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Legislative Assembly for the ACT: 2018 Week 06 Hansard (Tuesday, 5 June 2018) . . Page.. 2006 ..


Madam Speaker, I know this is something that is dear to your heart, having turned the sod at the start of the development of the centre for innovation and learning at Caroline Chisholm School, now a very busy centre working on increasing access by young people in the ACT to science, technology, engineering and maths. What has been great about it is making sure that we look at how we introduce STEM to young people in a way that makes it inclusive; in a way that will encourage young people to engage in those sorts of learning experiences, and not discourage them.

Particularly for young women, those kinds of skill areas are not always seen to be an exciting pathway. Through the future skills academy and the learning I have seen in Caroline Chisholm School, we will make sure that STEM is as inclusive as possible.

It has been great to have the Chief Scientist, Dr Finkel, encouraging and applauding us for the work we are doing in the ACT on these two academies: the future skills academy and the Caroline Chisholm School. I also give a shout-out to Paula and her pink lab coat at the Caroline Chisholm School for being such a great host and always looking for interesting and fun ways to introduce young people to STEM.

MR STEEL: Minister, how will the future skills academy support teachers across all schools?

MS BERRY: To make sure that the academy benefits as many people as possible, these hubs will be available for teachers to learn through as well. Teachers will be able to access professional learning and accredited training in STEM, which will strengthen the delivery of the Australian curriculum. The hubs will feature 3D printers, augmented reality equipment and robotics kits. It was a great pleasure to hear from a student who had developed a 3D artificial foot for his duck using one of the 3D printers. I hope that it was put to good use and that that duck now has two feet and not just one.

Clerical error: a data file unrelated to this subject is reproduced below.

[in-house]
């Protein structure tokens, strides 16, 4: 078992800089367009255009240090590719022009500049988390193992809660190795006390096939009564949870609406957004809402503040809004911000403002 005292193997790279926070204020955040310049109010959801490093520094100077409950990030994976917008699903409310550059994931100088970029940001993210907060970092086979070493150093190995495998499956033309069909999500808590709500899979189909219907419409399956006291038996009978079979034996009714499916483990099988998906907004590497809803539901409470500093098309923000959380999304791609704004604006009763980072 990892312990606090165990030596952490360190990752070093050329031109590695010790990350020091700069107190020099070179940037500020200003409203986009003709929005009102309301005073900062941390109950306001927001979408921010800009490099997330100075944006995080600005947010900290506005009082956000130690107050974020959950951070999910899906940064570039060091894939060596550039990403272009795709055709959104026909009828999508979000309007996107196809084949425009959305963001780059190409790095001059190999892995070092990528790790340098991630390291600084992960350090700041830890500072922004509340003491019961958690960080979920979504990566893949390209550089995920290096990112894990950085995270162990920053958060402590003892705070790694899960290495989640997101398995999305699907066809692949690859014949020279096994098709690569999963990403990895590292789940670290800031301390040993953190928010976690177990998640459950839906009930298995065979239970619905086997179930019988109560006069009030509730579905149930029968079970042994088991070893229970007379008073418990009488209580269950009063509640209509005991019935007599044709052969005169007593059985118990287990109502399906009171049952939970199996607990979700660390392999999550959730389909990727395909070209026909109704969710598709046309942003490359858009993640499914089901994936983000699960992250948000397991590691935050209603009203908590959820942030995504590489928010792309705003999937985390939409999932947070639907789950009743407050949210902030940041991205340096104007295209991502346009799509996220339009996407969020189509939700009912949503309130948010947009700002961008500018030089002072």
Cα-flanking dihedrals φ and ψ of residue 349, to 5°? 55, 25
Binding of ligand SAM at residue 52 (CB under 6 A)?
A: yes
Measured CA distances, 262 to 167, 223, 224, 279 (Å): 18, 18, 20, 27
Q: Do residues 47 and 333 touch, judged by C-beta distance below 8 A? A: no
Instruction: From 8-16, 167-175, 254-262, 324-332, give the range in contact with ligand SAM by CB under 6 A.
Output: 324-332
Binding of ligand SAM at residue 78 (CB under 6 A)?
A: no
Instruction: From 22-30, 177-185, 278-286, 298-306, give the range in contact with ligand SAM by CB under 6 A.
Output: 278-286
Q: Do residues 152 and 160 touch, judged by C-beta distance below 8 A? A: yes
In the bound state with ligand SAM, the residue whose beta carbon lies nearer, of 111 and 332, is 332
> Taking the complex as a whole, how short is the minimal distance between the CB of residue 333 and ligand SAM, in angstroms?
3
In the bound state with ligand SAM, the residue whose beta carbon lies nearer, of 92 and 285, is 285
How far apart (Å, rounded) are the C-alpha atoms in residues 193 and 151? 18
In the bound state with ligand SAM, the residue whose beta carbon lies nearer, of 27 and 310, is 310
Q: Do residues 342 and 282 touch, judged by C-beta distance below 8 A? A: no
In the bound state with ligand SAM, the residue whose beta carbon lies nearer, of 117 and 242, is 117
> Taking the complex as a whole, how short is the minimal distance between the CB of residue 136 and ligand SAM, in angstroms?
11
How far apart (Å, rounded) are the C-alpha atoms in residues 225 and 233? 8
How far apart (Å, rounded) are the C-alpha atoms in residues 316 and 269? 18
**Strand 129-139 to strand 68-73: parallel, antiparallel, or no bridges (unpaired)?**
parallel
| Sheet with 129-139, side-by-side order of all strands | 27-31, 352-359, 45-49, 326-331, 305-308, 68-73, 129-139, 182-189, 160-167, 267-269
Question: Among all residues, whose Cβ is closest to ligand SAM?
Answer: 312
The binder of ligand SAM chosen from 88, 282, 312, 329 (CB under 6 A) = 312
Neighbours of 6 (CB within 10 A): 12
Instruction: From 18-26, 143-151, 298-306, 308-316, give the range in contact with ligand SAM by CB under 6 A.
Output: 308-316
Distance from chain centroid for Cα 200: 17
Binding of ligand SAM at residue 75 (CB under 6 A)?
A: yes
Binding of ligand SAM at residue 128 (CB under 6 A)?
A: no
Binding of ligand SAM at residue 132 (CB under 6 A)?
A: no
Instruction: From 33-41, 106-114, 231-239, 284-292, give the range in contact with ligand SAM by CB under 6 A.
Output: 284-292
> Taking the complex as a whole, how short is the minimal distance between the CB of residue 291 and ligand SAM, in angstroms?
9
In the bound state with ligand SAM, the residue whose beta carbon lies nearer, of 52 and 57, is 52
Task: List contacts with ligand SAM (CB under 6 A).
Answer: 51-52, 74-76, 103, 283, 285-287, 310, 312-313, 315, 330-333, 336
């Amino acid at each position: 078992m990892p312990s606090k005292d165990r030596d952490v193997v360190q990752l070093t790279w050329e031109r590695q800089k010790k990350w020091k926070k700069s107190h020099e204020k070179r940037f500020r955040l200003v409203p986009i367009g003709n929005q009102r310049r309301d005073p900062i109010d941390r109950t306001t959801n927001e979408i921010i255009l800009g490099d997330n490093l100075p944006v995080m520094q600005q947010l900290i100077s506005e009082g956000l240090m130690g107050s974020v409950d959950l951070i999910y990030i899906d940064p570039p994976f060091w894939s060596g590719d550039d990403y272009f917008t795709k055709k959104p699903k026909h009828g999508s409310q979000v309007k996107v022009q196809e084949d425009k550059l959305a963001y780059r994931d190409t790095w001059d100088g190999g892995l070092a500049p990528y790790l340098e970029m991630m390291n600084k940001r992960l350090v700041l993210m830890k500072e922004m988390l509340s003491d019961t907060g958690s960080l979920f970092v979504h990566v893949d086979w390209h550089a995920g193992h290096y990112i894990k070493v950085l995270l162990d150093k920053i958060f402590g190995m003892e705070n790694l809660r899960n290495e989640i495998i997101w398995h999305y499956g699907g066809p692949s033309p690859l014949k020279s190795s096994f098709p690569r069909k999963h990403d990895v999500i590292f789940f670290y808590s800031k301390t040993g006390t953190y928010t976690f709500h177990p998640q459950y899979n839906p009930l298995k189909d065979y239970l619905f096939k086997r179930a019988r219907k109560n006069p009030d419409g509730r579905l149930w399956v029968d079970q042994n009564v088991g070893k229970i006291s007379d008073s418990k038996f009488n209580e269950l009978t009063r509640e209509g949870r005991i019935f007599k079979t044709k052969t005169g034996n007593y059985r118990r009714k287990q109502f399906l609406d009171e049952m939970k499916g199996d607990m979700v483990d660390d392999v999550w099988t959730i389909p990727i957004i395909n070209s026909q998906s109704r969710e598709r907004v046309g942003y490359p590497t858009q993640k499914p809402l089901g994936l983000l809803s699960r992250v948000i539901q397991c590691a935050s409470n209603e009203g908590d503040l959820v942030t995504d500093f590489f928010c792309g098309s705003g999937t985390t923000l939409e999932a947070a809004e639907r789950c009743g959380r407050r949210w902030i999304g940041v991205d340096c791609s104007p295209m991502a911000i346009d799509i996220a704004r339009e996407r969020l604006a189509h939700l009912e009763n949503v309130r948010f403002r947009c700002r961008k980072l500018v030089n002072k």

It is because of the hub’s expert teachers and staff that they are able to support all of their colleagues across the ACT school system as well as facilitate strong industry, government and tertiary sector partnerships that individual schools would otherwise not be able to universally and equitably access.

Teachers will be able to take these skills to their classrooms, supported by the Chromebooks that all high school students were delivered by last year’s budget and the excellent facilities that are provided in our public schools.

MS CODY: Minister, how will the future skills academy support local industry?

MS BERRY: I thank Ms Cody for the supplementary. The academy was developed in consultation with CSIRO, the ANU, the University of Canberra, the CBR Innovation Network and other industry representatives. It will connect schools with local industry for students to work on real-world scenarios.

The ACT economy is growing in sectors like defence, sports science, multimedia and digital arts, fashion and renewable energy—all fields that will increasingly require


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